Aerie model Nià lived the #puravida life at the Andaz Costa Rica Resort at Peninsula Papagayo back in November. How cute are her Urban Outfitters top and Zara skirt? We’re officially dying to book a trip to Costa Rica.

Model Jada Sezer spent New Year’s Eve at the posh Mandarin Oriental Hotel in Hong Kong. Fashion girls, listen up: The hotel has teamed up with Vestiaire Collective on the Voyage in Style package—among other perks, the package offers access to a dozen rare fashion items during your stay, including a 1970s Christian Dior minaudière and a limited-edition Hermès Kelly bag. Who could pass that up?

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This study shows *exactly* why we should pay more attention to teen girls’ mental health

This study shows *exactly* why we should pay more attention to teen girls’ mental health


This study shows *exactly* why we should pay more attention to teen girls’ mental health

It feels like study after study shows that teen girls are at a greater risk for depression than boys are. The latest suggests that girls who hit puberty earlier are more likely to have antisocial behaviors or be psychologically vulnerable, which is just another reason that we collectively need to pay more attention to teen girls’ mental health. Especially since these behaviors and psychological effects can last well into adulthood. It’s almost like we’re setting young women up for a lifetime of mental health struggles, simply because they might develop earlier than their peers.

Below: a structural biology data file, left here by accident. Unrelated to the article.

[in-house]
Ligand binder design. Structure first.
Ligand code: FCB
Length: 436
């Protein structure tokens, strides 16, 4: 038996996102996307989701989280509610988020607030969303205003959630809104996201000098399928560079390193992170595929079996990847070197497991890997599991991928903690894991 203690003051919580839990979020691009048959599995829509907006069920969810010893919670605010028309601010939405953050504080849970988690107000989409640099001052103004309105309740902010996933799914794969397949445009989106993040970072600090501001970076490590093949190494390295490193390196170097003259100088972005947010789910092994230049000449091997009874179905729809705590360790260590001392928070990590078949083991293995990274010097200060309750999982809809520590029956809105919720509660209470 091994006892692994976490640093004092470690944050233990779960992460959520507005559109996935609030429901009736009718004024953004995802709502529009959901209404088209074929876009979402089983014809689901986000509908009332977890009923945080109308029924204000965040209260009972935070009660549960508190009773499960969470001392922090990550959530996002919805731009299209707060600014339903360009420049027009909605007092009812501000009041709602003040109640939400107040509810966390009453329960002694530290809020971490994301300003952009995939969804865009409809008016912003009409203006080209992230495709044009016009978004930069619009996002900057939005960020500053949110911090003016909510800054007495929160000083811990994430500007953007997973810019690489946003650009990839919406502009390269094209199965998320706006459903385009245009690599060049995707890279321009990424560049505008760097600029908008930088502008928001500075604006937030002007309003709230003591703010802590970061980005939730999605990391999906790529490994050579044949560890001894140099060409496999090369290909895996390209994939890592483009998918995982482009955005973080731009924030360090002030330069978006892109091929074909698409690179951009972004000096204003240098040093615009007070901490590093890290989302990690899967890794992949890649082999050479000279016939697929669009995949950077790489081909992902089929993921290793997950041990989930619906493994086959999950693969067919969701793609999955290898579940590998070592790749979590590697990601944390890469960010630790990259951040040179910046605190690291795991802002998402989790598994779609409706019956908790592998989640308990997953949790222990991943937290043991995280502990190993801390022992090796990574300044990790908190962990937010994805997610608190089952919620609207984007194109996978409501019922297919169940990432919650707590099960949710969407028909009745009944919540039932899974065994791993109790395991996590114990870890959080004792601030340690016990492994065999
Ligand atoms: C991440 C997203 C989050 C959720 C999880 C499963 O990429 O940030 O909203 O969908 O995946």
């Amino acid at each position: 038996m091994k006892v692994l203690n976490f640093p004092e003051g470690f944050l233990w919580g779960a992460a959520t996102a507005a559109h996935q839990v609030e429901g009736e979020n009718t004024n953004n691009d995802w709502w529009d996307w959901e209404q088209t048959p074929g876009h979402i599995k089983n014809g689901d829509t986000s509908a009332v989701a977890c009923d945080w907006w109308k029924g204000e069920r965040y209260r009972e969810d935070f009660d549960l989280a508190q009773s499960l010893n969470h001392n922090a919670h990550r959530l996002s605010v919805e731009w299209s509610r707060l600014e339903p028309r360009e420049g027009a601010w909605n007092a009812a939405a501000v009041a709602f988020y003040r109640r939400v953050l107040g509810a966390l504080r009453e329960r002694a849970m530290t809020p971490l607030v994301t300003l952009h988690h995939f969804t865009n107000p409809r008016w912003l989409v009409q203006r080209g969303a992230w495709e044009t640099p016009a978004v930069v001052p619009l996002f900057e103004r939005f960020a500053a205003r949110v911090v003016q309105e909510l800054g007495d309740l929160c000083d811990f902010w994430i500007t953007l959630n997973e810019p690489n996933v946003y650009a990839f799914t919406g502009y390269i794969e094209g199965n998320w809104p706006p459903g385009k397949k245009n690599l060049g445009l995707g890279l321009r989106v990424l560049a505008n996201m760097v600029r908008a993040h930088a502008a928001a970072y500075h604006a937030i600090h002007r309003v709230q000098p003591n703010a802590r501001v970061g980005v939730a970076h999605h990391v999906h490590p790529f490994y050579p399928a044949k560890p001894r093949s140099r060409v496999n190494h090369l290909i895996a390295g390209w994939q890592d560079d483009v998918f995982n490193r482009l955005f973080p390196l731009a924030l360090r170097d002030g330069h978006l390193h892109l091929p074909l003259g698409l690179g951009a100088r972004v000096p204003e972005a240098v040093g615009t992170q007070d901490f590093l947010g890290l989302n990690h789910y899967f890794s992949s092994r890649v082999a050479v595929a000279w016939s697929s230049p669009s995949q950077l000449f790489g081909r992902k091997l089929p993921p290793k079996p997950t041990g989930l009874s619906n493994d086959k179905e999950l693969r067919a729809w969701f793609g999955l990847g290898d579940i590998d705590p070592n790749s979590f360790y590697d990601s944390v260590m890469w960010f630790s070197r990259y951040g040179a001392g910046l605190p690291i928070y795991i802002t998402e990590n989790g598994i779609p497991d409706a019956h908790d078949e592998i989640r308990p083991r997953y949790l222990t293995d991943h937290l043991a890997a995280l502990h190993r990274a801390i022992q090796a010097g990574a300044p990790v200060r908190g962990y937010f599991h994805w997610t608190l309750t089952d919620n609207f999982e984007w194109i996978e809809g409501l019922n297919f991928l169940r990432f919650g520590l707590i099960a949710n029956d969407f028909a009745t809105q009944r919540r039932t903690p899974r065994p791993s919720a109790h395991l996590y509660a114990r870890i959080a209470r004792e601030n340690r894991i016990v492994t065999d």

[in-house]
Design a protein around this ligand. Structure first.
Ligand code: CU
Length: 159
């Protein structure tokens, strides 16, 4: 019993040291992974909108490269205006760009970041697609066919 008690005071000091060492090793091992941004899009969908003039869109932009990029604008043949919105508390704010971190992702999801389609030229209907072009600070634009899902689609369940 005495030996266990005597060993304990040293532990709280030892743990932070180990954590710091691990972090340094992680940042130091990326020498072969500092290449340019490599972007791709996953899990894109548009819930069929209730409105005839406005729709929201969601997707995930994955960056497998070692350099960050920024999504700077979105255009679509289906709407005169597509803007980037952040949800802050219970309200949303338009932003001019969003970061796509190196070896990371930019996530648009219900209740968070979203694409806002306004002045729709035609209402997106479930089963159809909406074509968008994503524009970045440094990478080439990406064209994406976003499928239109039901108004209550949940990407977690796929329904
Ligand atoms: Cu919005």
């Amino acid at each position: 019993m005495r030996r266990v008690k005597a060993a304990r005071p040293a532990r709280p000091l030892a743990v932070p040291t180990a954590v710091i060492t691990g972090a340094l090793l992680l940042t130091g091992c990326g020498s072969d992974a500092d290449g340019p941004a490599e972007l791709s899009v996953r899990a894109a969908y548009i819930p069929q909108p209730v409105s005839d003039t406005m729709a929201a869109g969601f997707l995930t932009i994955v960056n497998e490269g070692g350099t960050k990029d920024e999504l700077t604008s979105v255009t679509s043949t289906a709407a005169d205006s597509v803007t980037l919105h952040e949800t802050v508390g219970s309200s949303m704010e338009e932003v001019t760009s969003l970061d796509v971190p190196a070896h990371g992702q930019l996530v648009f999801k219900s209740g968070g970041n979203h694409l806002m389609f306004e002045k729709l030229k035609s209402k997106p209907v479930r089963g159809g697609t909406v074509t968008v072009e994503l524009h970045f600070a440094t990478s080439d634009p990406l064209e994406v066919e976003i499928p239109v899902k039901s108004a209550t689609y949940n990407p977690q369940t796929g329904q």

According to Reuters, researchers studied data from 7,800 women who had their first period at an average age of 12. They interviewed the women four times between the ages of 16 and 28. They found that the younger a woman got her period — like say, at age 8 instead of age 10 — the more likely they were to become depressed and have more severe depressive symptoms well into their teens. They were also more likely to develop behavioral issues that led to lying, stealing, and even selling drugs.

But it’s not like just hormones are making young women break bad. It has a lot to do with how the world starts treating them.

The researchers wrote in Pediatrics that the feeling of not belonging, since their peers might be a behind them in development, can exacerbate these symptoms, which can lead to them maybe hanging out with older kids to feel more comfortable or trying things out before they’re ready.


Dr. Ellen Selkie, an adolescent medicine specialist at the University of Michigan in Ann Arbor, told Reuters, “From a social standpoint, girls who develop early tend to be treated like they are older than they really are. But that also means they could be involved in things that they aren’t really mature enough for.”

She added, “That sense of not really belonging can lead to mood problems and acting out — which we know can set up a pattern of behavior that leads to adult problems as well.” Basically, puberty is hard on all adolescents, but it’s particularly rough if you’re the first one in your peer group to start physically maturing, whether it’s because someone’s teasing a girl about her new boobs or just that she doesn’t have anyone to talk to about what she’s feeling and experiencing. It can be super isolating.